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Comment
. 2019 Dec 3;116(49):24386-24387.
doi: 10.1073/pnas.1918084116. Epub 2019 Nov 13.

Tunable Superlubricity of 2-dimensional Materials

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Tunable Superlubricity of 2-dimensional Materials

Daniel Bonn et al. Proc Natl Acad Sci U S A. .
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Conflict of interest statement

The authors declare no competing interest.

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Fig. 1.
Fig. 1.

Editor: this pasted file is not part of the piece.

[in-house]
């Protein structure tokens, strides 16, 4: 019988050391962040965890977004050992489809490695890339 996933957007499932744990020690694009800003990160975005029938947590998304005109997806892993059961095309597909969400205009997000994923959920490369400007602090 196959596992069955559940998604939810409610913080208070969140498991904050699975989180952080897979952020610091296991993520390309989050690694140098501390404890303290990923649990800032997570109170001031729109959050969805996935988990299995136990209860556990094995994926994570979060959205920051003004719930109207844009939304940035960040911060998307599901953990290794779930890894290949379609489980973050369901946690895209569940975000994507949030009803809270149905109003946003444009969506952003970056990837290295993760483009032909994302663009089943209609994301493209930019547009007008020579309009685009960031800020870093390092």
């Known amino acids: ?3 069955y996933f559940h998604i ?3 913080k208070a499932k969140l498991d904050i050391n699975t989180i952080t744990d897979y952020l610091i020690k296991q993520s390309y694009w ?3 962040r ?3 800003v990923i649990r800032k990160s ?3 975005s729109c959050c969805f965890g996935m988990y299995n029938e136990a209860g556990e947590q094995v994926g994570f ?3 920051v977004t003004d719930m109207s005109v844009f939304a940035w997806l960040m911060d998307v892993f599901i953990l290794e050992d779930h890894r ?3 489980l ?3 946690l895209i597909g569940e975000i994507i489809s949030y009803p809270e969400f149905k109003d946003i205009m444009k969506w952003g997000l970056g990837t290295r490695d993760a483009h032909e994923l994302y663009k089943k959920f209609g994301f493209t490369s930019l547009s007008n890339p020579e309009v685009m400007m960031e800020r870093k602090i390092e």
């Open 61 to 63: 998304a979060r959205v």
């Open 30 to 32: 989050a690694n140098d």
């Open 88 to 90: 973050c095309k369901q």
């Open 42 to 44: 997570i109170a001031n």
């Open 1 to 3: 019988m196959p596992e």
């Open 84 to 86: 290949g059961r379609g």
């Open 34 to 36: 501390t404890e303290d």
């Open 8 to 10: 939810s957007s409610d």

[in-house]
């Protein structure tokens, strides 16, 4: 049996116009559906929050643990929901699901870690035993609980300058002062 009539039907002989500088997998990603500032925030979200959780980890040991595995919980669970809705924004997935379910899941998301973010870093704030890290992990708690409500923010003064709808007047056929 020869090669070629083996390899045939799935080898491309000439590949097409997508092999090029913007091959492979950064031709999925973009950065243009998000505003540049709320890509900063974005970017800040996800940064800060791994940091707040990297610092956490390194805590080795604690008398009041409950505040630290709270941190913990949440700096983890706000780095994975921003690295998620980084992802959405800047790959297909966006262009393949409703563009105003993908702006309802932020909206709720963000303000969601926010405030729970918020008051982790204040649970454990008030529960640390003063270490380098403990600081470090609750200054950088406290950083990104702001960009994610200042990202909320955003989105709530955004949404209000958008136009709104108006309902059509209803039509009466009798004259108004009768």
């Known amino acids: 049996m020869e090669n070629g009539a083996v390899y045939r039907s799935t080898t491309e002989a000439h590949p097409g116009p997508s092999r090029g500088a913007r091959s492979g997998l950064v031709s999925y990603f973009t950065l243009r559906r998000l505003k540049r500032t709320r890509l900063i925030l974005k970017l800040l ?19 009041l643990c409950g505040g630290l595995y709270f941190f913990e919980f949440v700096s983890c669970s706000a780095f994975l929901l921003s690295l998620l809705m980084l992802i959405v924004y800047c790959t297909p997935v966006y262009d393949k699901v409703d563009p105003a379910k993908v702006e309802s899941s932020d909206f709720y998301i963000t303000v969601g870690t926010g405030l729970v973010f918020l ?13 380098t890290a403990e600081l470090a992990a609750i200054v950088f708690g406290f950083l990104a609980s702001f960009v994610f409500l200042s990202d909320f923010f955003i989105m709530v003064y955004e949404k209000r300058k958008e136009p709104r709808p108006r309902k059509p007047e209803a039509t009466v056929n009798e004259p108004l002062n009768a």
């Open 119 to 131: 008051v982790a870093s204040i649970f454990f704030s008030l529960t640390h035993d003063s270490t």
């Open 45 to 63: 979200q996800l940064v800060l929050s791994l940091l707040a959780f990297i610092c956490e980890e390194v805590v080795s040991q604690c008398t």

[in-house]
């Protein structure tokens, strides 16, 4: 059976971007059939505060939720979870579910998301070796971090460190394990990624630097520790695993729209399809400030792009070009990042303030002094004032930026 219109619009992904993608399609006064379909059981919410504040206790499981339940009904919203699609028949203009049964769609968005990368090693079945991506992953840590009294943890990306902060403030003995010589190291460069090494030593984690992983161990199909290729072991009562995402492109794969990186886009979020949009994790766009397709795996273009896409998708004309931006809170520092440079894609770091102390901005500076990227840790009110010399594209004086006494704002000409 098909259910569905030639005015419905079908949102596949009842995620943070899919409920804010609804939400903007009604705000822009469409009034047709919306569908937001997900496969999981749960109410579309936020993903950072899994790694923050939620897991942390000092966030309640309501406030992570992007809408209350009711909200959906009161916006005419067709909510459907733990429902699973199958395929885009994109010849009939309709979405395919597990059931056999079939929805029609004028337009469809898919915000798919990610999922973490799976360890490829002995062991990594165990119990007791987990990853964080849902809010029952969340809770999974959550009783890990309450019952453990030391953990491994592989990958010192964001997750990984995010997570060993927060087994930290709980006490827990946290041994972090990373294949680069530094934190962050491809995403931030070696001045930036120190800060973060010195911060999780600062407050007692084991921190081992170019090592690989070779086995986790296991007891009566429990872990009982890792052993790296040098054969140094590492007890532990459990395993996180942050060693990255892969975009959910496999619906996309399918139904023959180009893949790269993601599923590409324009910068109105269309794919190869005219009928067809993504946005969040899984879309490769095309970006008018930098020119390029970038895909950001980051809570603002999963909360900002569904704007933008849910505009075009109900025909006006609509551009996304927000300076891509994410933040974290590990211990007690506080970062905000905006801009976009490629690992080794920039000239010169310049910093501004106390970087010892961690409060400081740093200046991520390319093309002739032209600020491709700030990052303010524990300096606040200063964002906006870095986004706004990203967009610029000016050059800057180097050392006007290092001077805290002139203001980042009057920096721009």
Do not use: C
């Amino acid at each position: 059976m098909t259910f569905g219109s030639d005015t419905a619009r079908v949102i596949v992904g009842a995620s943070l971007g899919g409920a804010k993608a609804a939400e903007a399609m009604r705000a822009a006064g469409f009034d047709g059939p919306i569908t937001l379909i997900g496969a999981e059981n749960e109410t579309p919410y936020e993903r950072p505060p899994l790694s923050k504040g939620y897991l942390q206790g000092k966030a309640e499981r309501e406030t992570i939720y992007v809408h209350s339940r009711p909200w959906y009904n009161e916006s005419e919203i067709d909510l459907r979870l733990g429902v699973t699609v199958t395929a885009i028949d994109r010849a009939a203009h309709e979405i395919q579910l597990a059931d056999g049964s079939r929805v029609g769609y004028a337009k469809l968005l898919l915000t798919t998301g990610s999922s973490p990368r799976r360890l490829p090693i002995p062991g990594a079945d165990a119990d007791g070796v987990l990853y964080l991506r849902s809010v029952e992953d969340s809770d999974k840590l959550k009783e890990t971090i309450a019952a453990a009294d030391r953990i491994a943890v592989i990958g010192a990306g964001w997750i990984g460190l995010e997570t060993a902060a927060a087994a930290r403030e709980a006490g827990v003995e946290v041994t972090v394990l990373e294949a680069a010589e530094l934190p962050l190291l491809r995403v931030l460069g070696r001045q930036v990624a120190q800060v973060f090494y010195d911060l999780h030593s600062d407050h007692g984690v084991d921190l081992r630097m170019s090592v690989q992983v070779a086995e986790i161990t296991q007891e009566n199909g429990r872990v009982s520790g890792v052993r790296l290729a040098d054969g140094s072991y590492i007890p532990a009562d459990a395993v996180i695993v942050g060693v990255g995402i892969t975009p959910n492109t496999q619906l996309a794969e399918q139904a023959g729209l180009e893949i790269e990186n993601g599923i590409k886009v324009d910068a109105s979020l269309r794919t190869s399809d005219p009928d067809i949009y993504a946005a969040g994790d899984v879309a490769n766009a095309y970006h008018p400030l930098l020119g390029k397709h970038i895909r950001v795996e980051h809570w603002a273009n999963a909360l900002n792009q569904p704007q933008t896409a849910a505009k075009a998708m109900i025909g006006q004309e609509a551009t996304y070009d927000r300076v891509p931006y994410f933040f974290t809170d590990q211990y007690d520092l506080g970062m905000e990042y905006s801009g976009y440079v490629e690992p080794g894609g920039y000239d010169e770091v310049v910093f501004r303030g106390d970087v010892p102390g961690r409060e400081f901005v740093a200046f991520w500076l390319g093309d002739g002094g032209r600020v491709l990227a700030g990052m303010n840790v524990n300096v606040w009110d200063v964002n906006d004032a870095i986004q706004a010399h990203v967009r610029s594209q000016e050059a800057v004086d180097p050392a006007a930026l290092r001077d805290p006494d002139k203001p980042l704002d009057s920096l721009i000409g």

Two-dimensional materials can be so slippery that one could skate on them. Zhang et al. (2) report a friction coefficient as low as 0.007 for an AFM tip on freely suspended graphene and show that it decreases to almost 0.001 when the graphene is stretched. For comparison, friction coefficients for AFM tips on 3D materials are usually above 0.1, while the optimal friction coefficient for a steel skate on ice is ∼0.01 (8). The low friction that Zhang et al. report on graphene is largely due to the weakness of the interaction between the graphene and the tip. By stretching the graphene, they suppress the freedom of the graphene to locally follow the precise contour of the tip surface and deform internally, to make individual carbon atoms of the graphene optimize their registry with respect to the tip atoms. This leads to a dramatic further lowering of the friction and introduces the exciting possibility of making friction tunable.

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